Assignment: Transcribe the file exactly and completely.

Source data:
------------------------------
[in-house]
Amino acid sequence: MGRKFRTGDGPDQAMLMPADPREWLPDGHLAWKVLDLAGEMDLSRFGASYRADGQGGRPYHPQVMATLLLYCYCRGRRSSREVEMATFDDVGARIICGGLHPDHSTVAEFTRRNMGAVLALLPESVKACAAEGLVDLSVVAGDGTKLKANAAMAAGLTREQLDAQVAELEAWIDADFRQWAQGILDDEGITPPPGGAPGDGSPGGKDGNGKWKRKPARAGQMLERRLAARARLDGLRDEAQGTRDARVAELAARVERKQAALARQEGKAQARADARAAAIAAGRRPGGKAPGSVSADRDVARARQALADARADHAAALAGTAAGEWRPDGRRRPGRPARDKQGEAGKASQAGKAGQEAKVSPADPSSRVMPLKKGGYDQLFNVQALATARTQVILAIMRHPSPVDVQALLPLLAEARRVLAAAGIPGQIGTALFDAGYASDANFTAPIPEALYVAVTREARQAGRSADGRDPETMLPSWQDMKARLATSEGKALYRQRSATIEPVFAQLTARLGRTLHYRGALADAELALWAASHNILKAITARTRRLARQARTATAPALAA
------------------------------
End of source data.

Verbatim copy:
[in-house]
Amino acid sequence: MGRKFRTGDGPDQAMLMPADPREWLPDGHLAWKVLDLAGEMDLSRFGASYRADGQGGRPYHPQVMATLLLYCYCRGRRSSREVEMATFDDVGARIICGGLHPDHSTVAEFTRRNMGAVLALLPESVKACAAEGLVDLSVVAGDGTKLKANAAMAAGLTREQLDAQVAELEAWIDADFRQWAQGILDDEGITPPPGGAPGDGSPGGKDGNGKWKRKPARAGQMLERRLAARARLDGLRDEAQGTRDARVAELAARVERKQAALARQEGKAQARADARAAAIAAGRRPGGKAPGSVSADRDVARARQALADARADHAAALAGTAAGEWRPDGRRRPGRPARDKQGEAGKASQAGKAGQEAKVSPADPSSRVMPLKKGGYDQLFNVQALATARTQVILAIMRHPSPVDVQALLPLLAEARRVLAAAGIPGQIGTALFDAGYASDANFTAPIPEALYVAVTREARQAGRSADGRDPETMLPSWQDMKARLATSEGKALYRQRSATIEPVFAQLTARLGRTLHYRGALADAELALWAASHNILKAITARTRRLARQARTATAPALAA